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Scottish Palliative Care Guidelines print pdf

Subcutaneous Fluids

Introduction

Within palliative care, medically assisted hydration, either via intravenous or subcutaneous (SC) infusion, is provided with the intent of improving quality of life or prolonging life, or both. There have to date only been a small number of high-quality studies performed examining its use, with conflicting results. No studies have demonstrated any survival benefit during end-of-life care, but some show some symptomatic benefit, especially in relation to myoclonus and sedation. Within the literature, there is also reference to the potential burdens of such treatment, including oedema, site inflammation, and effusions, ascites or both.

SC fluids involve less discomfort, are cheaper to provide, and have fewer potential adverse effects than the intravenous (IV) route and have the advantage of being possible to administer in multiple care settings. They should not be used in situations of severe dehydration, in emergency situations, or in patients with fluid overload.

Due to the lack of any clear evidence, decisions to initiate SC hydration rests with the individual clinician, and will vary from patient to patient depending on the estimated burden to benefit balance. Treatment should always be in conjunction with other quality care, including good mouth care .

Assessment

Potential indications

  • Symptomatic dehydration
  • Thirst (may be unrelated to fluid status)
  • Reversible renal impairment
  • Opioid toxicity
  • Excess sedation
  • Family/patient distress.


Potential complications

  • Line discomfort/infection
  • Oedema/ascites/effusions
  • Worsening secretions
  • Increased symptom burden as a result of above
  • Family/patient distress
  • Systemic fluid overload.

Management

  • The patient should be assessed for the potential benefits and burdens on an individual basis (see flowchart) and this should be discussed with the patient and family as below (see Practice points).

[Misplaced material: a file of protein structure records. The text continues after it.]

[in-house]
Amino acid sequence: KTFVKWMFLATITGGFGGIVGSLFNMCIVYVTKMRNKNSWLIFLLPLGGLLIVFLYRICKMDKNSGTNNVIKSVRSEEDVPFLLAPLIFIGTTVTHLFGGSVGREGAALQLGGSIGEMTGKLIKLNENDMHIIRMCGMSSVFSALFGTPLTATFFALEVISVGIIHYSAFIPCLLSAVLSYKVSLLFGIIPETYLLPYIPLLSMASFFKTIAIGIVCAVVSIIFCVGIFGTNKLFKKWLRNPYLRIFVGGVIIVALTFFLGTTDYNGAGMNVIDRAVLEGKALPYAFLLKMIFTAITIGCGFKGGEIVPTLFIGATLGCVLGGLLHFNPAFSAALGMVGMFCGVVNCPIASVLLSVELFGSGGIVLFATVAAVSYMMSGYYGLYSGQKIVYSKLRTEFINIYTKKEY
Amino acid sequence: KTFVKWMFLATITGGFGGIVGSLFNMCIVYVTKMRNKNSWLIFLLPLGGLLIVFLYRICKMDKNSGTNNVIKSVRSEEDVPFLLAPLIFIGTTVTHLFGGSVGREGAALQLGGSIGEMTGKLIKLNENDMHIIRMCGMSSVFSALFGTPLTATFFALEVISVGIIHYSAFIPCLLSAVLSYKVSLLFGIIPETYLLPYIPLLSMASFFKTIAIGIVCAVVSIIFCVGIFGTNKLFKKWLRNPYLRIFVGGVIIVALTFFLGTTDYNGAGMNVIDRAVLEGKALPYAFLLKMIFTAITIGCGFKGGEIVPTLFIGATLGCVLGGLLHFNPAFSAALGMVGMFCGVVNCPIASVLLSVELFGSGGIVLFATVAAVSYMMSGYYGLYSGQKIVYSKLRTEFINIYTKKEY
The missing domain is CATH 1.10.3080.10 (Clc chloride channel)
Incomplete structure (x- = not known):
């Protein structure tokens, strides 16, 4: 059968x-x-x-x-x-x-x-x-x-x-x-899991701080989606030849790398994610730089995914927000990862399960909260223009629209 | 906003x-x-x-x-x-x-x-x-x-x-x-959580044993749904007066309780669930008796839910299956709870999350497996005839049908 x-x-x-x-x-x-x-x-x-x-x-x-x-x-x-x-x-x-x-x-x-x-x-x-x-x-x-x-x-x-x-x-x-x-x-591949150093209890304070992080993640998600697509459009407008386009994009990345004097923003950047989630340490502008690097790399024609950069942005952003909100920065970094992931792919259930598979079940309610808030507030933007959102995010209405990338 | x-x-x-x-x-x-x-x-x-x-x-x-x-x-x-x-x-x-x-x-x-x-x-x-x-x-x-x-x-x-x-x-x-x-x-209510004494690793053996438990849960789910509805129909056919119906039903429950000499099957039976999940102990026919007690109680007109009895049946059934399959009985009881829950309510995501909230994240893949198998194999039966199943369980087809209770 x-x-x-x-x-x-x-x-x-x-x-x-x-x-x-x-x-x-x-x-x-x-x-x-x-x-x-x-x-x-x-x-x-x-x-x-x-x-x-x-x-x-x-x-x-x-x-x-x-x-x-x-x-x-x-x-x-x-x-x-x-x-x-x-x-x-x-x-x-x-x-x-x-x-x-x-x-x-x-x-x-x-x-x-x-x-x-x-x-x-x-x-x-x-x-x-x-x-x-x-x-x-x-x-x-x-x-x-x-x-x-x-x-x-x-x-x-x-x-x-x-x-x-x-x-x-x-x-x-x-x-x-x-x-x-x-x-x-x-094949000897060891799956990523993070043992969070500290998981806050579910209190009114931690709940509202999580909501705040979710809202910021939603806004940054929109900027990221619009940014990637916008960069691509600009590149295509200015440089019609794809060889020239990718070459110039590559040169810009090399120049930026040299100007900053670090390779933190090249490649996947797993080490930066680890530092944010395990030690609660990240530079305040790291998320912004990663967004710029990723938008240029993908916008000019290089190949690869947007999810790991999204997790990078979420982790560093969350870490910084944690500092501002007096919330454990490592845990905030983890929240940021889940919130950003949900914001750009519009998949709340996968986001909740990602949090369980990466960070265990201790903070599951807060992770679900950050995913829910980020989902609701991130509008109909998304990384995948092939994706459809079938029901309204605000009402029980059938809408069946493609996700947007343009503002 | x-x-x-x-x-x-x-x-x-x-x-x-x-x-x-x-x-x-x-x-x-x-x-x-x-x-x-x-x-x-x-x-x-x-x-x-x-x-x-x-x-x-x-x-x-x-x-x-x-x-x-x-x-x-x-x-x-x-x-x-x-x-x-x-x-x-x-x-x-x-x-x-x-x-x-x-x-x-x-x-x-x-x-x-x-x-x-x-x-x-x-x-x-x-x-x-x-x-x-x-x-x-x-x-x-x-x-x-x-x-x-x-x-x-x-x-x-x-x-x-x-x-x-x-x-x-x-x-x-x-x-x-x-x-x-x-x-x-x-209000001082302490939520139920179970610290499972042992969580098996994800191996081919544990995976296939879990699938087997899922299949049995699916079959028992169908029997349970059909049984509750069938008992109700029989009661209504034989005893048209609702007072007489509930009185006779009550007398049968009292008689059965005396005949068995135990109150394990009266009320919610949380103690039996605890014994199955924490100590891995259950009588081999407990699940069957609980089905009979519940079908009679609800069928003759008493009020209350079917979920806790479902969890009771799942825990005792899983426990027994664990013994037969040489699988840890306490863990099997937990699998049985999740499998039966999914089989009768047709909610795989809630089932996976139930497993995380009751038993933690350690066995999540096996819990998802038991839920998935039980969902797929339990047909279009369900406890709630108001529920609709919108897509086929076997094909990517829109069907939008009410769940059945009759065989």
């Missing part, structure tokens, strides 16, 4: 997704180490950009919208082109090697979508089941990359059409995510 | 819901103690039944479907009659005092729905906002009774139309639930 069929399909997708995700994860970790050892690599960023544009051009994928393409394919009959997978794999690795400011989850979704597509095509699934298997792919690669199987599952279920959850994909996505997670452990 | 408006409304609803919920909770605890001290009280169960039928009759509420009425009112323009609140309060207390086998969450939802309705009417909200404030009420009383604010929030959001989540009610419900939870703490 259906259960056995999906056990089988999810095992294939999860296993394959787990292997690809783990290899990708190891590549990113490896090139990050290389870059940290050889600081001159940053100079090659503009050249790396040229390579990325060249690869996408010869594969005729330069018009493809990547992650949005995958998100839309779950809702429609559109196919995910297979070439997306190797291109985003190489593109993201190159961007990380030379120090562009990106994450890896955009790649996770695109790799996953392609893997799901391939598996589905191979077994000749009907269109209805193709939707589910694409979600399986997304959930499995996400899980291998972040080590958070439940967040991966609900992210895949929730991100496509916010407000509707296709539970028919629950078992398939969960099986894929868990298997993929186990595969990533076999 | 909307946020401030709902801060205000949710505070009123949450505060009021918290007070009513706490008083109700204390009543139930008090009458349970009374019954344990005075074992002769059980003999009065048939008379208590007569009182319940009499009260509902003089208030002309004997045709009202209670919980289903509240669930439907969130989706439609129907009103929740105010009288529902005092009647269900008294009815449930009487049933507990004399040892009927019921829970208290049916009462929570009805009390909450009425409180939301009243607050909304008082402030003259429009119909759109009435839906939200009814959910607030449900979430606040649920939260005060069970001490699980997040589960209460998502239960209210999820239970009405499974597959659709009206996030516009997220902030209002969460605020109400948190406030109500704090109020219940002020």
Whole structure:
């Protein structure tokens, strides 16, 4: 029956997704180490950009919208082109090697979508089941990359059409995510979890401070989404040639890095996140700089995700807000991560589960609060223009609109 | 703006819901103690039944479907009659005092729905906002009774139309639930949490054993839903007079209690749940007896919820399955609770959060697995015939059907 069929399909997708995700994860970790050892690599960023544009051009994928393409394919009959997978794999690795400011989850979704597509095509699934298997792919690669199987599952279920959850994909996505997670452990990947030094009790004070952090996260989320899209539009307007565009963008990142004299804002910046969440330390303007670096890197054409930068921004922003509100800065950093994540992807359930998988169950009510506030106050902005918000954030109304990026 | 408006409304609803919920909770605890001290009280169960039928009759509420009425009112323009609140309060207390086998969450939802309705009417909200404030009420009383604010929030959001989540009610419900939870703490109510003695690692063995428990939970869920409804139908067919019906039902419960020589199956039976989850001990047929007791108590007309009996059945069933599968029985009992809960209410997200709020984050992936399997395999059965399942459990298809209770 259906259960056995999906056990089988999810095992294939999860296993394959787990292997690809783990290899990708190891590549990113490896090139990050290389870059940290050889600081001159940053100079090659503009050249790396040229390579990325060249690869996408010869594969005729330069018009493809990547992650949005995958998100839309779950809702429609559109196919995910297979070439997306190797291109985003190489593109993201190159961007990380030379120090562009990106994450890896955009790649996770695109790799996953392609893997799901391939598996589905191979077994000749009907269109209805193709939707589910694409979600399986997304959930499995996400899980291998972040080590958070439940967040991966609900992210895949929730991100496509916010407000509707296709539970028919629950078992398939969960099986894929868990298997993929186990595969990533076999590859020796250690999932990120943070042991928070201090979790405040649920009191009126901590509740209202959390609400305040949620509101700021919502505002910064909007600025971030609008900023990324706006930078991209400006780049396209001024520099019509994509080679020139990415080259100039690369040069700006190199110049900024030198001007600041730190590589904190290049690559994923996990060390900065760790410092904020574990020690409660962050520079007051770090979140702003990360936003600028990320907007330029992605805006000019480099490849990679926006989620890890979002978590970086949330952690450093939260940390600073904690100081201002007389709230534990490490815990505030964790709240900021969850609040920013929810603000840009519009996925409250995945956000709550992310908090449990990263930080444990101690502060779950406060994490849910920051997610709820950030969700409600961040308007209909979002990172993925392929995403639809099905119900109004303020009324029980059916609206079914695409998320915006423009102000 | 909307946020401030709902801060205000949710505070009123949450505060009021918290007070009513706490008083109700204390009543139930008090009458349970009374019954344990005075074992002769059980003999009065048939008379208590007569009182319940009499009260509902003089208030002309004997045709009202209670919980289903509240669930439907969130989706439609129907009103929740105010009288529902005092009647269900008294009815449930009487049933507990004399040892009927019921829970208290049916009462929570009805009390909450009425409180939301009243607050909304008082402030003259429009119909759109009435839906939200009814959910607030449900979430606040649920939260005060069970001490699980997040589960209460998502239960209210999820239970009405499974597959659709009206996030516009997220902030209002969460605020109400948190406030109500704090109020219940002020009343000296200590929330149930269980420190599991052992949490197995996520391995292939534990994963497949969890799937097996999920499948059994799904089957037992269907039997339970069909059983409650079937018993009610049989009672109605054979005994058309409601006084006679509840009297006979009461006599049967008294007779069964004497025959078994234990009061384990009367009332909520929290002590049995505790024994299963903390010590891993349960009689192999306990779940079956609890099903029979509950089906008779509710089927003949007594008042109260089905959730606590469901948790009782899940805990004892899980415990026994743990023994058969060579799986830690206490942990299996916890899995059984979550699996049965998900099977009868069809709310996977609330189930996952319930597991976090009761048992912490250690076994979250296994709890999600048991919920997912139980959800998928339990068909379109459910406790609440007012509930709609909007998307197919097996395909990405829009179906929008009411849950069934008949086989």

• If appropriate, a SC infusion line should be sited with aseptic technique.
  • Isotonic or hypotonic solutions only should be used (eg 0.9% NaCl).
  • Rate of infusion will vary by patient, but generally gravity fed over 6 to 12 hours/500ml.
  • Infusion site should be under regular review for signs of infection, fluid accumulation or discomfort (at least every 48 hours).
  • Patient should be under regular review for fluid accumulation or overload.
  • Patient should be under regular review for any benefit and review of future prescribing.

 

 Figure 1 - SC Fluids Flowchart

 

Practice Points

  • Nutrition and hydration are often emotional topics for families and patients when approaching end of life. There is a necessity for ongoing sensitive discussions about goals of care and realistic expectations of treatment. The views of the patient and any advanced care planning should be considered throughout, and support for the carers when these decisions are being made is essential.
  • There may be practical difficulties when considering SC fluids in the community setting. Equipment and training may be required.

 

References